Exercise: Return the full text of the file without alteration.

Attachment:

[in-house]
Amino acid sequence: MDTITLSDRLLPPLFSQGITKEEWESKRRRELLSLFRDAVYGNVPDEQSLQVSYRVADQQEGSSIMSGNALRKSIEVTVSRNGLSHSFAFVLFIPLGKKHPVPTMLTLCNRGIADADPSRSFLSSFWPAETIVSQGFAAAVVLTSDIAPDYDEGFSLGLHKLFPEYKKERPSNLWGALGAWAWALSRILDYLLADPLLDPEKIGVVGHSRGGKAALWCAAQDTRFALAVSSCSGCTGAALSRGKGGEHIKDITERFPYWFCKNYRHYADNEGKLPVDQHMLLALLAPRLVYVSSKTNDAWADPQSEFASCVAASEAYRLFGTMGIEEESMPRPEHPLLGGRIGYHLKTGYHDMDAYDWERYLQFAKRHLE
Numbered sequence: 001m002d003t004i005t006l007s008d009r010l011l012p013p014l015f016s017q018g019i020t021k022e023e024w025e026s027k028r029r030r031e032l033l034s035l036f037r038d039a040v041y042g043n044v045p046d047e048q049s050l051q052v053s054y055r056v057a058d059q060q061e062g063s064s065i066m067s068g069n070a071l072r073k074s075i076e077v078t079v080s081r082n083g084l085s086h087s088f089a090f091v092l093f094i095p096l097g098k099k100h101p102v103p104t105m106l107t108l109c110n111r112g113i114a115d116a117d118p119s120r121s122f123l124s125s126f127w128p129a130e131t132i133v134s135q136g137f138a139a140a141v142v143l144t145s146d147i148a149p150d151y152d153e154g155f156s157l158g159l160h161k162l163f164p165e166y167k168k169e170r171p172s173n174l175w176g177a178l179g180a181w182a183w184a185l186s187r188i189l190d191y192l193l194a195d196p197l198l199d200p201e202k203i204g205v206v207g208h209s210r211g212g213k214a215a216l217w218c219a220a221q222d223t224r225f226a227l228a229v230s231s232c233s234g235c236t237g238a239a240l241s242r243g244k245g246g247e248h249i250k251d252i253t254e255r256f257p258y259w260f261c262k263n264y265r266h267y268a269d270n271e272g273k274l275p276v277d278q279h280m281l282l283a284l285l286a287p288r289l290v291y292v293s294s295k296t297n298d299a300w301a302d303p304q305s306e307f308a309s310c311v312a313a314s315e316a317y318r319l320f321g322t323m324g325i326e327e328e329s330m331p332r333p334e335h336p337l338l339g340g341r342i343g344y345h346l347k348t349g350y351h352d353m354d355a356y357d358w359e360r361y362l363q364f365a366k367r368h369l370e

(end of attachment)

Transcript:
[in-house]
Amino acid sequence: MDTITLSDRLLPPLFSQGITKEEWESKRRRELLSLFRDAVYGNVPDEQSLQVSYRVADQQEGSSIMSGNALRKSIEVTVSRNGLSHSFAFVLFIPLGKKHPVPTMLTLCNRGIADADPSRSFLSSFWPAETIVSQGFAAAVVLTSDIAPDYDEGFSLGLHKLFPEYKKERPSNLWGALGAWAWALSRILDYLLADPLLDPEKIGVVGHSRGGKAALWCAAQDTRFALAVSSCSGCTGAALSRGKGGEHIKDITERFPYWFCKNYRHYADNEGKLPVDQHMLLALLAPRLVYVSSKTNDAWADPQSEFASCVAASEAYRLFGTMGIEEESMPRPEHPLLGGRIGYHLKTGYHDMDAYDWERYLQFAKRHLE
Numbered sequence: 001m002d003t004i005t006l007s008d009r010l011l012p013p014l015f016s017q018g019i020t021k022e023e024w025e026s027k028r029r030r031e032l033l034s035l036f037r038d039a040v041y042g043n044v045p046d047e048q049s050l051q052v053s054y055r056v057a058d059q060q061e062g063s064s065i066m067s068g069n070a071l072r073k074s075i076e077v078t079v080s081r082n083g084l085s086h087s088f089a090f091v092l093f094i095p096l097g098k099k100h101p102v103p104t105m106l107t108l109c110n111r112g113i114a115d116a117d118p119s120r121s122f123l124s125s126f127w128p129a130e131t132i133v134s135q136g137f138a139a140a141v142v143l144t145s146d147i148a149p150d151y152d153e154g155f156s157l158g159l160h161k162l163f164p165e166y167k168k169e170r171p172s173n174l175w176g177a178l179g180a181w182a183w184a185l186s187r188i189l190d191y192l193l194a195d196p197l198l199d200p201e202k203i204g205v206v207g208h209s210r211g212g213k214a215a216l217w218c219a220a221q222d223t224r225f226a227l228a229v230s231s232c233s234g235c236t237g238a239a240l241s242r243g244k245g246g247e248h249i250k251d252i253t254e255r256f257p258y259w260f261c262k263n264y265r266h267y268a269d270n271e272g273k274l275p276v277d278q279h280m281l282l283a284l285l286a287p288r289l290v291y292v293s294s295k296t297n298d299a300w301a302d303p304q305s306e307f308a309s310c311v312a313a314s315e316a317y318r319l320f321g322t323m324g325i326e327e328e329s330m331p332r333p334e335h336p337l338l339g340g341r342i343g344y345h346l347k348t349g350y351h352d353m354d355a356y357d358w359e360r361y362l363q364f365a366k367r368h369l370e